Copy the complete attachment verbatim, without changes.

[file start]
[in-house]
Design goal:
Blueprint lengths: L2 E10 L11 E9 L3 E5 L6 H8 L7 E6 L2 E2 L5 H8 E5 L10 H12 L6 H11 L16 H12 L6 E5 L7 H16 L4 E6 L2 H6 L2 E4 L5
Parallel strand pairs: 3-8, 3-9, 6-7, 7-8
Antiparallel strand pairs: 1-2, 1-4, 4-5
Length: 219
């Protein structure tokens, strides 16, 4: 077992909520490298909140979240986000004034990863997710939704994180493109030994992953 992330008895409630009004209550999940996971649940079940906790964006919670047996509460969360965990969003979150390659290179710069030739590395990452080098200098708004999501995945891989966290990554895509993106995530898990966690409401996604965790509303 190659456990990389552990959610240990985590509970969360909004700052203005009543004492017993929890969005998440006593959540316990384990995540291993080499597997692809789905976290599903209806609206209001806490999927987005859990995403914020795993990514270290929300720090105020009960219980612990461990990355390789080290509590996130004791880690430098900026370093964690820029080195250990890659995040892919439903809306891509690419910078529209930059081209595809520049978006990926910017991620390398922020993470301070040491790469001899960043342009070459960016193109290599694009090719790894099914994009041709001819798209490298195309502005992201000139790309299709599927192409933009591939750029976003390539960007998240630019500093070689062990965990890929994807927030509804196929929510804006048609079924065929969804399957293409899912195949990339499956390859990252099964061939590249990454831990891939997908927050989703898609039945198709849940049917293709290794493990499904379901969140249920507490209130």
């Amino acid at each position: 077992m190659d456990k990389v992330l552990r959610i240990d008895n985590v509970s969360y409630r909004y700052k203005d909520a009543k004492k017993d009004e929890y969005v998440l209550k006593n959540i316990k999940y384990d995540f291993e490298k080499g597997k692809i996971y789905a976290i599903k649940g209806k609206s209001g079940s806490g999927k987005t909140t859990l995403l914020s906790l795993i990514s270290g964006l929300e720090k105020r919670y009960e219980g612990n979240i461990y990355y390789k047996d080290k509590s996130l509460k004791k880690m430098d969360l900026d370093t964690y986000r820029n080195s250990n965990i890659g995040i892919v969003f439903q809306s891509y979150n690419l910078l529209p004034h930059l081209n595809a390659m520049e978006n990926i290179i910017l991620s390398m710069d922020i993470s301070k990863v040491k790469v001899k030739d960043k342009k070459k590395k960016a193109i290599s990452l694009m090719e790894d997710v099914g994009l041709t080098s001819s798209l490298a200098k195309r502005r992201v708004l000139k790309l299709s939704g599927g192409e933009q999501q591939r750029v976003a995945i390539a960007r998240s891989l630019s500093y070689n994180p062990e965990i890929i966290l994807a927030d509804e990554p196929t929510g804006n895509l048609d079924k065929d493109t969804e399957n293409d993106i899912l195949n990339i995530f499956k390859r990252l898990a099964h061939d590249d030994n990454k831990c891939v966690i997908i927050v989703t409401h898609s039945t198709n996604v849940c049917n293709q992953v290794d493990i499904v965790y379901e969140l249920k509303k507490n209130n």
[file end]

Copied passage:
[in-house]
Design goal:
Blueprint lengths: L2 E10 L11 E9 L3 E5 L6 H8 L7 E6 L2 E2 L5 H8 E5 L10 H12 L6 H11 L16 H12 L6 E5 L7 H16 L4 E6 L2 H6 L2 E4 L5
Parallel strand pairs: 3-8, 3-9, 6-7, 7-8
Antiparallel strand pairs: 1-2, 1-4, 4-5
Length: 219
């Protein structure tokens, strides 16, 4: 077992909520490298909140979240986000004034990863997710939704994180493109030994992953 992330008895409630009004209550999940996971649940079940906790964006919670047996509460969360965990969003979150390659290179710069030739590395990452080098200098708004999501995945891989966290990554895509993106995530898990966690409401996604965790509303 190659456990990389552990959610240990985590509970969360909004700052203005009543004492017993929890969005998440006593959540316990384990995540291993080499597997692809789905976290599903209806609206209001806490999927987005859990995403914020795993990514270290929300720090105020009960219980612990461990990355390789080290509590996130004791880690430098900026370093964690820029080195250990890659995040892919439903809306891509690419910078529209930059081209595809520049978006990926910017991620390398922020993470301070040491790469001899960043342009070459960016193109290599694009090719790894099914994009041709001819798209490298195309502005992201000139790309299709599927192409933009591939750029976003390539960007998240630019500093070689062990965990890929994807927030509804196929929510804006048609079924065929969804399957293409899912195949990339499956390859990252099964061939590249990454831990891939997908927050989703898609039945198709849940049917293709290794493990499904379901969140249920507490209130």
């Amino acid at each position: 077992m190659d456990k990389v992330l552990r959610i240990d008895n985590v509970s969360y409630r909004y700052k203005d909520a009543k004492k017993d009004e929890y969005v998440l209550k006593n959540i316990k999940y384990d995540f291993e490298k080499g597997k692809i996971y789905a976290i599903k649940g209806k609206s209001g079940s806490g999927k987005t909140t859990l995403l914020s906790l795993i990514s270290g964006l929300e720090k105020r919670y009960e219980g612990n979240i461990y990355y390789k047996d080290k509590s996130l509460k004791k880690m430098d969360l900026d370093t964690y986000r820029n080195s250990n965990i890659g995040i892919v969003f439903q809306s891509y979150n690419l910078l529209p004034h930059l081209n595809a390659m520049e978006n990926i290179i910017l991620s390398m710069d922020i993470s301070k990863v040491k790469v001899k030739d960043k342009k070459k590395k960016a193109i290599s990452l694009m090719e790894d997710v099914g994009l041709t080098s001819s798209l490298a200098k195309r502005r992201v708004l000139k790309l299709s939704g599927g192409e933009q999501q591939r750029v976003a995945i390539a960007r998240s891989l630019s500093y070689n994180p062990e965990i890929i966290l994807a927030d509804e990554p196929t929510g804006n895509l048609d079924k065929d493109t969804e399957n293409d993106i899912l195949n990339i995530f499956k390859r990252l898990a099964h061939d590249d030994n990454k831990c891939v966690i997908i927050v989703t409401h898609s039945t198709n996604v849940c049917n293709q992953v290794d493990i499904v965790y379901e969140l249920k509303k507490n209130n």